Johnson #224744 v. Curtin

Filing 22

OPINION AND ORDER ADOPTING REPORT AND RECOMMENDATION 19 ; dismissing petition for a writ of habeas corpus; declining to issue a COA; terminating and closing the case; signed by Chief Judge Paul L. Maloney (Chief Judge Paul L. Maloney, aeb)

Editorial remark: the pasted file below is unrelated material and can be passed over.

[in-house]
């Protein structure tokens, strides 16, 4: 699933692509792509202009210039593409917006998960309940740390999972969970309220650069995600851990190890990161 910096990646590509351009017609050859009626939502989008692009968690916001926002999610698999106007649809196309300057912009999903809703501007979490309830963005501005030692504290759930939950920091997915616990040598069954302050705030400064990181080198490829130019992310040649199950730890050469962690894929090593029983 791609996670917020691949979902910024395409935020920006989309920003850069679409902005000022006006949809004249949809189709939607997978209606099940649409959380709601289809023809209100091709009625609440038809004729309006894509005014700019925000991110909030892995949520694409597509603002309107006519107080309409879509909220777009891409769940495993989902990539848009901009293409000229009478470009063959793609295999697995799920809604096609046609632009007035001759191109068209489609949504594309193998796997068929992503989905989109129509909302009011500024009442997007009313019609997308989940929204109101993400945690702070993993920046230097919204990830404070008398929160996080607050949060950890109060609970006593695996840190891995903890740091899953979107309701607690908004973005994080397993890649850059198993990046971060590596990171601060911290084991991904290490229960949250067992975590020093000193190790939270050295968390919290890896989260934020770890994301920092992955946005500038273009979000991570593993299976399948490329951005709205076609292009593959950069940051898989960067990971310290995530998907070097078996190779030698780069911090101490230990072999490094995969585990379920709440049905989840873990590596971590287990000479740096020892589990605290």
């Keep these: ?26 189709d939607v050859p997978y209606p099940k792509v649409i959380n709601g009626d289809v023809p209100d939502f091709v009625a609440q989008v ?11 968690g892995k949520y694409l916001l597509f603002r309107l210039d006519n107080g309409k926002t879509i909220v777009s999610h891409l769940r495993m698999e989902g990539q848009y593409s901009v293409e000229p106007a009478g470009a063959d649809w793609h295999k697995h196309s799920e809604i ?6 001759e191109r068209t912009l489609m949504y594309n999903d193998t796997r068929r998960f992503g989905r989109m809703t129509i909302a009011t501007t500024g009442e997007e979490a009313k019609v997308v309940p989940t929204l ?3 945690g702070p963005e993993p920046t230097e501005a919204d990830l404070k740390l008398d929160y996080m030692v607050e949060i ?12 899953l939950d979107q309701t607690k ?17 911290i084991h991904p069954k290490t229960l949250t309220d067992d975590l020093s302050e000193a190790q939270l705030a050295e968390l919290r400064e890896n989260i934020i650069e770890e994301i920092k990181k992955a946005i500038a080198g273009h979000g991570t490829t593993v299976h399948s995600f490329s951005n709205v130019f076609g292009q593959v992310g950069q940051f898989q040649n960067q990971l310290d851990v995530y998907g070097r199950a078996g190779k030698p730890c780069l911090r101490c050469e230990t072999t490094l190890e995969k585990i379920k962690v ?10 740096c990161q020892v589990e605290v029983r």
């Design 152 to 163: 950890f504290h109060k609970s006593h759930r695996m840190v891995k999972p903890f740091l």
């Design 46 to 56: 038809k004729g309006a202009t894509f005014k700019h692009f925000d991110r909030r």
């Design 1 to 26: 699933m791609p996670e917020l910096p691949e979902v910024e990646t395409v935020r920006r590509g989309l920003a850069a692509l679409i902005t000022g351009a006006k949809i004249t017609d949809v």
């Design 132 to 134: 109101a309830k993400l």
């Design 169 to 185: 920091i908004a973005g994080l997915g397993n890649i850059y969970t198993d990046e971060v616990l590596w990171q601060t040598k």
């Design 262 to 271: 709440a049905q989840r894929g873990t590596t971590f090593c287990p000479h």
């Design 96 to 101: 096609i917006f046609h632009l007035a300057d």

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UNITED STATES DISTRICT COURT WESTERN DISTRICT OF MICHIGAN SOUTHERN DIVISION ________________________________________________ | | GALVESTER HOWARD JOHNSON #224744, | Case No. 1:06-CV-778 | Petitioner, | HONORABLE PAUL L. MALONEY | v. | Magistrate Judge Ellen S. Carmody | CINDI CURTIN, | | Respondent. | | ________________________________________________ OPINION and ORDER Overruling the Petitioner's Objections and Adopting the R&R; Dismissing the 28 U.S.C. 2254 Petition for a Writ of Habeas Corpus; Declining to Issue a Certificate of Appealability; Terminating and Closing the Case Pursuant to 28 U.S.C. 636 and W.D. MICH. LCIVR 72.2(b), this matter was automatically referred to the Honorable Ellen S. Carmody, United States Magistrate Judge, who issued a Report and Recommendation ("R&R") on November 3, 2009. Both the Federal Rules of Civil Procedure and the Magistrates Act were amended effective December 1, 2009 to simplify the calculation of time periods. See Esch v. SSA, No. 09-144, 2010 WL ______, *__ (W.D. Mich. Jan. 25, 2010) (Maloney, C.J.) (citing PUB. L. NO. 111-16 6(1), 123 Stat. 1608). A party now has fourteen days to file objections after being served with an R&R, instead of ten. See 28 U.S.C. 636(b)(1) and FED. R. CIV. P. 72 and W.D. MICH. LCIVR 72.3(b)). The fourteen days did not start until the day Johnson received the R&R from the prison mail, and the court counts all calendar days, see FED. R. CIV. P. 6(a)(1)(A) and (B). Hence petitioner Johnson's objections dated November 10, 2009 and filed on November 16, 2009 are timely.1 For the reasons that follow, the court will overrule Johnson's objections and adopt the R&R, dismissing the section 2254 habeas petition for lack of merit. The Magistrate recounted the evidence and arguments which the prosecutor advanced in favor of keeping Johnson in restraints during his jury trial. That evidence included testimony by Kalamazoo Deputy Sheriff DeHaan that Johnson had attacked and threatened jail staff; covered his cell in feces; jammed a piece of paperclip into his handcuff lock, ostensibly intending to unlock them; and yelling and beating on the door of his cell; defying officers attempting to search his cell; and acting as if he would harm his attorney if he could. See R&R at 8 (citing Tr. 4 through 13). The Magistrate also reviewed the report of corrections officer Sampsell, which stating that Johnson had attempted to escape on more than one occasion, mutilated himself, threatened to kill prison staff, telling another inmate to cut himself with a razor, making weapons from razors and pieces of wire, and becoming "enraged and profane" when officers confronted him after he threw urine. See R&R at 9 (citing Tr. 6 and 19-22). Johnson's first objection shows no legal error or faulty reasoning in the Magistrate's endorsement (under the circumstances of record) of allowing a state court to exercise its discretion to keep a prisoner restrained during his criminal trial. It merely attacks Deputy DeHaan's credibility, stating that when DeHaan was asked to produce evidence that Johnson assaulted staff, 1 The warden has fourteen days from service of the objections to file a response, See Horacek v. Caruso, 2008 WL 4820483, *1 n.1 (W.D. Mich. Oct. 30, 2008) (Maloney, C.J.) (citing W.D. MICH. LCIVR 72.3(b)), but the court ascertains no need for a response from the warden to address Johnson's clearly meritless objections. 2 he could not do so because he was lying. See Objections of Galvester Howard Johnson filed November 16, 2009 ("Pet's Objections") at 1. Johnson's second objection denies that he put a paper clip in his handcuffs, which again merely asks the court to substitute its assessment of credibility over that of the state trial judge who presided over his trial and observed the facial expressions, demeanor, "body language", and tone of voice of both Johnson and the prosecution's witnesses. Johnson's second objection expressly concedes that "yes, I've thrown feces" but alleges that he had, in his view, a "legitimate" reason for doing so: "my toilet water was cut off and they would not flush it for me for hours or the next day." See Pet's Objections at 1. Johnson conveniently fails to mention or respond to the Magistrate's reproduction of the state trial judge's oral analysis regarding his decision to restrain Johnson; that statement from the bench noted, for instance, that Johnson had "raised his middle finger what we commonly call flipping the bird" at spectators in the courtroom. See R&R at 9-10 (citing Tr 22 through 24). Johnson also states that he "does not deny" all the other allegations of his violent, disruptive, intimidating, uncooperative, and unhygienic behavior while incarcerated prior to trial and while interacting with his attorney. See id. Johnson merely "reasons" that he was allegedly "beat[en]" and left without food, and was placed in isolation for over 6 months due to his behavior, "So they treated me like a dog[,] I acted like a dog." Id. This court agrees with the Magistrate (R&R at 11) that in light of the facts presented, the trial judge did not unreasonably determine, as a factual matter, that restraining Johnson during the trial was necessary to avert possible escape, violence against his attorney and others in the courtroom, and disruptive, vulgar behavior inconsistent with a safe and dignified judicial forum. 3 Johnson's third objection also lacks merit. Identifying no legal error and citing no precedent, he merely states his estimation of the size of the barrier which blocked the jury's view of his restraints, seemingly alleging (with handwritten graphic depiction) that the barrier was too small relative to the size of the jury box and allowed jurors to see his restraints whenever he had to move, leading them to convict them because they viewed him as a criminal rather than because of the evidence. See Pet's Objections at 1-2. There is no authority suggesting that such speculation, and subjective opinion about a physical fact in the absence of any photographic evidence or corroborating testimony, provides any basis for the court to disturb Johnson's conviction on collateral review. Johnson's fourth objection is merely a conclusory assertion speculating about the jurors' reasoning, i.e., "my county jail time is why I was convi[c]ted, not the crim[e] itself." He provides no argument explaining the basis for this conclusion, and again cites no precedent. The court likewise finds no authority suggesting that such an assertion can justify a federal court in disturbing the guilty verdict of a State jury on collateral review. Johnson's fifth and final objection challenges the Magistrate's suggestion that the state trial court's denial of his motion for new counsel does not warrant a federal habeas court's vacatur of his conviction. Specifically, the Michigan Court of Appeals neither committed nor flouted Supreme Court precedent2 nor determined any facts unreasonably when it held that the trial judge's refusal to replace defense counsel was not an abuse of discretion. The Michigan Court of Appeals reasonably reached this conclusion based on the prosecuting attorney's endorsement of defense 2 See generally Earhart v. Konteh, 589 F.3d 337, 342 (6th Cir. 2009) (Gibbons, J.) (in determining whether the state court misapplied federal law, "[w]e must base our decision solely on the holdings of the Supreme Court, not its dicta or on the decisions of the courts of appeals.") 4 counsel's preparation in other cases, the trial judge's stated familiarity with defense counsel's "incredible trial experience" over the course of 20-25 years, Johnson's failure to write to the court earlier about his alleged dissatisfaction with his appointed attorney, defense counsel's cogent and plausible explanation for his decision not to move for a speedy trial, and defense counsel's explanation that trial was delayed in part by the need to assess Johnson's competence to stand trial and assist in his own defense. Johnson also faults his defense counsel for "failing" to prevent the use of restraints in the courtroom, but the state trial court was not obligated to find defense counsel deficient for "failing" to prevent a practice that was eminently justified by the trial judge's direct observation of the defendant and by the other evidence of record. See US v. Mayes, 158 F.3d 1215, 1225-26 (11th Cir. 1998) ("Properly factoring into the district court's decision [to shackle defendant during trial] were the appellants' prior prison disciplinary records, collective histories of violent crimes, and misconduct in prior judicial proceedings.") (citing, inter alia, US v. Theriault, 531 F.3d 281, 285 (6th Cir. 1976) (affirming shackling based on defendant's disciplinary record, escapes from custody, and obstreperous behavior during prior proceedings)). Finally, in conjunction with his attack on some of defense counsel's specific decisions, Johnson shares his personal view that "trial is not his [defense counsel's] strong point." Pet's Objections at 3. But "[a]s the Court explained in Strickland v. Washington, . . . whether counsel is effective or ineffective does not turn on the defendant's subjective pleasure or displeasure with counsel's performance." Jones v. Page, 76 F.3d 831, 840 (7th Cir. 1996) (rejecting claim that defendant's trial counsel rendered constitutionally ineffective assistance, and affirming denial of habeas petition). Moreover, it is of no avail for Johnson to allege, without support, that he "did 5 some research on" defense counsel and "found out [that during] the 20+ years he has practiced[,] 79% of his clients ha[ve] gone to prison." Pet's Objections at 3. Johnson presents no documentary or other evidence to support this allegation, so there is no way for the court to verify it. Still less does Johnson attempt to show that such a rate is sufficiently below the success rate or performance of competent criminal-defense counsel as to constitute deficient performance outside the reasonable range of professional competence and discretion. And significantly, Johnson does not claim that the Michigan trial judge had access to, or awareness of, any such record of alleged sub-par performance as measured by incarceration, when he decided not to replace defense counsel as Johnson demanded. CERTIFICATE OF APPEALABILITY The U.S. Supreme Court disapproves of blanket denials of certificates of appealability ("COAs"). Colwell v. McKee, 2009 WL 125223, *3 (W.D. Mich. Jan. 16, 2009) (Maloney, C.J.) (citing Murphy v. Ohio, 263 F.3d 466 (6th Cir. 2001))). Rather, this court "must `engage in a reasoned assessment of each claim' to determine whether a [COA] is warranted." Oatis v. Caruso, 2009 WL 80347, *4 (W.D. Mich. Jan. 8, 2009) (Maloney, C.J.) (citing Murphy, 263 F.3d at 467).. Under 28 U.S.C. 2253(c)(2), "`the court should grant a COA for an issue raised in a 2254 petition only if the petitioner has made a substantial showing of the denial of a federal constitutional right.'" Wardlaw v. Howes, 575 F. Supp.2d 820, 821 (W.D. Mich. 2008) (Paul L. Maloney, C.J.) (quoting Harbison v. Bell, 503 F.3d 566, 568 (6th Cir. 2007), cert. denied, U.S. , 128 S.Ct. 1479 (2008), cert. granted o.g., U.S. , 128 S.Ct. 2959 (2008)). To satisfy this standard, "the petitioner must demonstrate that reasonable jurists could disagree with the district court's resolution of his constitutional claims or that jurists could conclude that the issues raised are `adequate to deserve 6 further review.'" Wardlaw, 575 F. Supp.2d at 821(quoting Harbison, 503 F.3d at 569 (citing Banks v. Dretke, 540 U.S. 668, 705 (2004)). See also Butz v. Berghuis, 2009 WL 33462, *6 (W.D. Mich. Jan. 5, 2009) (Maloney, C.J.) (quoting Miller-El v. Cockrell, 537 U.S. 322, 327 (2003)) and Henley v. Bell, F. App'x , , 2009 WL 233283, *1 (6th Cir. Feb. 2, 2009) (p.c.) (Siler, Cole, Cook) (citing Banks, 540 U.S. at 674), cert. denied, U.S. , 129 S.Ct. 1057 (2009). The petitioner need not show, however, that he is likely to succeed on appeal. See Wardlaw, 575 F. Supp.2d at 821 (citing Miller-El, 537 U.S. at 337); Workman v. Bell, 484 F.3d 837, 842 n.3 (6th Cir. 2007) (distinguishing standard for stay pending appeal, which focuses on appellant's likelihood of success on the merits, from the COA standard, which requires a lesser showing), reh'g & reh'g en banc denied (6th Cir. May 7, 2007). "`[I]t is consistent with 2253 that a certificate of appealability will issue in some instances where there is no certainty of ultimate relief.'" Wardlaw, 575 F. Supp.2d at 821 (quoting Walker v. Carlton, 114 F. App'x 687, 690 (6th Cir. 2004) (quoting Miller-El, 537 U.S. at 337)). Petitioner Johnson does not meet the standard for a COA, because other reasonable jurists would not disagree with the determination that the R&R is correct, i.e., the state courts did not violate or misapply then-existing United States Supreme Court precedent, nor did they determine any facts unreasonably in light of the record. Nor has he presented any other issues which are "adequate to deserve further review." ORDER Petitioner Johnson's objections [Document #20] are OVERRULED. The Magistrate Judge's R&R [Document #19] is ADOPTED. 7 The 28 U.S.C. 2254 habeas petition [Document # 01] is DISMISSED. This case is TERMINATED and CLOSED. This is a final order, but the court declines to issue a certificate of appealability. The separate judgment required by FED. R. CIV. P. 58 will issue contemporaneously. IT IS SO ORDERED this 25th day of January 2010. /s/ Paul L. Maloney Honorable Paul L. Maloney Chief United States District Judge 8